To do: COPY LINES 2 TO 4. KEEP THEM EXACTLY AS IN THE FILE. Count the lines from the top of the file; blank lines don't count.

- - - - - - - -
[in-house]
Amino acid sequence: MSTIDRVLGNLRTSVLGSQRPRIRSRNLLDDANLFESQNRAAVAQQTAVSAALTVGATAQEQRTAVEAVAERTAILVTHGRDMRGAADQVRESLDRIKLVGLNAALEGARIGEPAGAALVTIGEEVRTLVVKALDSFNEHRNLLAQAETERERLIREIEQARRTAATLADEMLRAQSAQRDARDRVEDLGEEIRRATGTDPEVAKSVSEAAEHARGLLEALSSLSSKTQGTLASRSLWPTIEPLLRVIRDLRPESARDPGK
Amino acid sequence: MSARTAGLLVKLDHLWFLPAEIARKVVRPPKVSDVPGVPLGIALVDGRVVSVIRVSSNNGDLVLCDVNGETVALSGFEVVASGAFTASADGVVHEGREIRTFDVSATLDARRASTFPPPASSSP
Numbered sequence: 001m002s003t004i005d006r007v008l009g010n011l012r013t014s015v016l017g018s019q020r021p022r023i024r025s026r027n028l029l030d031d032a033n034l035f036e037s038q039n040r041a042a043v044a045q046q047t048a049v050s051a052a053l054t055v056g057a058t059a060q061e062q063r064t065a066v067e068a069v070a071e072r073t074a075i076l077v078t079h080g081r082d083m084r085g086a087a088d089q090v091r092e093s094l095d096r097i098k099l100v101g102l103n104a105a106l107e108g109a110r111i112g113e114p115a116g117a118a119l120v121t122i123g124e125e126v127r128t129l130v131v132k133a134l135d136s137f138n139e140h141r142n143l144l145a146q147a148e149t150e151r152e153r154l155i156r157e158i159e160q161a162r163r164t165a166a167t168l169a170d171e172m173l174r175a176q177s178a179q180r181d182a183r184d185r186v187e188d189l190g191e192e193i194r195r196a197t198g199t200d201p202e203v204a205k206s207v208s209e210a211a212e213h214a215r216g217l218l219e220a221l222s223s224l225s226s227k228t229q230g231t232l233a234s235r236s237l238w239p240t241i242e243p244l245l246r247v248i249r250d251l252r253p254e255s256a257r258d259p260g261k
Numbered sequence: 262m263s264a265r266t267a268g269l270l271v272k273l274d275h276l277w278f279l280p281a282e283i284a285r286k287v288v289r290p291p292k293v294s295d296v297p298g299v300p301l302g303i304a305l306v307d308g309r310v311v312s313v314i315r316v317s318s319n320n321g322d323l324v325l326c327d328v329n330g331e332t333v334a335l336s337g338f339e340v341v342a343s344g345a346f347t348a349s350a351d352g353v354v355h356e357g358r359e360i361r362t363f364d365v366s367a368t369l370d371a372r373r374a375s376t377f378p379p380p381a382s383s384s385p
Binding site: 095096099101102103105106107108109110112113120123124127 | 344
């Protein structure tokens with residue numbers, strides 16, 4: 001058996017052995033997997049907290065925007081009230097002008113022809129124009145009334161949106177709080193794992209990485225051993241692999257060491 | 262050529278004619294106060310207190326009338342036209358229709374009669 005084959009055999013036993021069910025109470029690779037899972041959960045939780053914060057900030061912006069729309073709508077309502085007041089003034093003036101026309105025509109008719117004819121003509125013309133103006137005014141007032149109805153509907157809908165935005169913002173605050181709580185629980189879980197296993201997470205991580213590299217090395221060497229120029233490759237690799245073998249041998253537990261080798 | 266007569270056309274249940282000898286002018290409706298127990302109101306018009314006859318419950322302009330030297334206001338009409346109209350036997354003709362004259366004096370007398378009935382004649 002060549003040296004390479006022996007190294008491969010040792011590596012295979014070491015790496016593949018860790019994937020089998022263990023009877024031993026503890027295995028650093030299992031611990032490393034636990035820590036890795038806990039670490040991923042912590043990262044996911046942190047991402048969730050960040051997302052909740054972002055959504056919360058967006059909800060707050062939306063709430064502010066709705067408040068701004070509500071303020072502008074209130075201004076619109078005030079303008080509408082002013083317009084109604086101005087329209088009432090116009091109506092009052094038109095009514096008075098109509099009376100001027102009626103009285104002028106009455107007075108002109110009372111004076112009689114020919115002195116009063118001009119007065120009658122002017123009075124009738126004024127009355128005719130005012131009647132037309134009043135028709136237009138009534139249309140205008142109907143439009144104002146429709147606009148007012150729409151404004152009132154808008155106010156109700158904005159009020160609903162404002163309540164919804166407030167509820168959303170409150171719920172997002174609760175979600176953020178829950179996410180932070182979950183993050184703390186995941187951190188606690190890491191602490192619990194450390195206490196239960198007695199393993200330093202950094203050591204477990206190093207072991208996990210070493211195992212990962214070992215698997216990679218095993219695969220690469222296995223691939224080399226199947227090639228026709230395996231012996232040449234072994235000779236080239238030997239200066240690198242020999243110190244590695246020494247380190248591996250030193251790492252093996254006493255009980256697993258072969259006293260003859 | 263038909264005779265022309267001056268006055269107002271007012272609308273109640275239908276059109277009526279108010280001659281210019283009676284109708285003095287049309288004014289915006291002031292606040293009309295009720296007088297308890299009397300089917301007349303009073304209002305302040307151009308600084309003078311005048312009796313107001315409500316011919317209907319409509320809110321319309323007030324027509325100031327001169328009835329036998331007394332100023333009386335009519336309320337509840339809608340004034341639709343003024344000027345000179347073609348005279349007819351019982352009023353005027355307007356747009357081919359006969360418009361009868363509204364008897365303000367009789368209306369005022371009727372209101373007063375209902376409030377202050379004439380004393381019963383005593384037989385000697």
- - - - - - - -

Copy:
Amino acid sequence: MSTIDRVLGNLRTSVLGSQRPRIRSRNLLDDANLFESQNRAAVAQQTAVSAALTVGATAQEQRTAVEAVAERTAILVTHGRDMRGAADQVRESLDRIKLVGLNAALEGARIGEPAGAALVTIGEEVRTLVVKALDSFNEHRNLLAQAETERERLIREIEQARRTAATLADEMLRAQSAQRDARDRVEDLGEEIRRATGTDPEVAKSVSEAAEHARGLLEALSSLSSKTQGTLASRSLWPTIEPLLRVIRDLRPESARDPGK
Amino acid sequence: MSARTAGLLVKLDHLWFLPAEIARKVVRPPKVSDVPGVPLGIALVDGRVVSVIRVSSNNGDLVLCDVNGETVALSGFEVVASGAFTASADGVVHEGREIRTFDVSATLDARRASTFPPPASSSP
Numbered sequence: 001m002s003t004i005d006r007v008l009g010n011l012r013t014s015v016l017g018s019q020r021p022r023i024r025s026r027n028l029l030d031d032a033n034l035f036e037s038q039n040r041a042a043v044a045q046q047t048a049v050s051a052a053l054t055v056g057a058t059a060q061e062q063r064t065a066v067e068a069v070a071e072r073t074a075i076l077v078t079h080g081r082d083m084r085g086a087a088d089q090v091r092e093s094l095d096r097i098k099l100v101g102l103n104a105a106l107e108g109a110r111i112g113e114p115a116g117a118a119l120v121t122i123g124e125e126v127r128t129l130v131v132k133a134l135d136s137f138n139e140h141r142n143l144l145a146q147a148e149t150e151r152e153r154l155i156r157e158i159e160q161a162r163r164t165a166a167t168l169a170d171e172m173l174r175a176q177s178a179q180r181d182a183r184d185r186v187e188d189l190g191e192e193i194r195r196a197t198g199t200d201p202e203v204a205k206s207v208s209e210a211a212e213h214a215r216g217l218l219e220a221l222s223s224l225s226s227k228t229q230g231t232l233a234s235r236s237l238w239p240t241i242e243p244l245l246r247v248i249r250d251l252r253p254e255s256a257r258d259p260g261k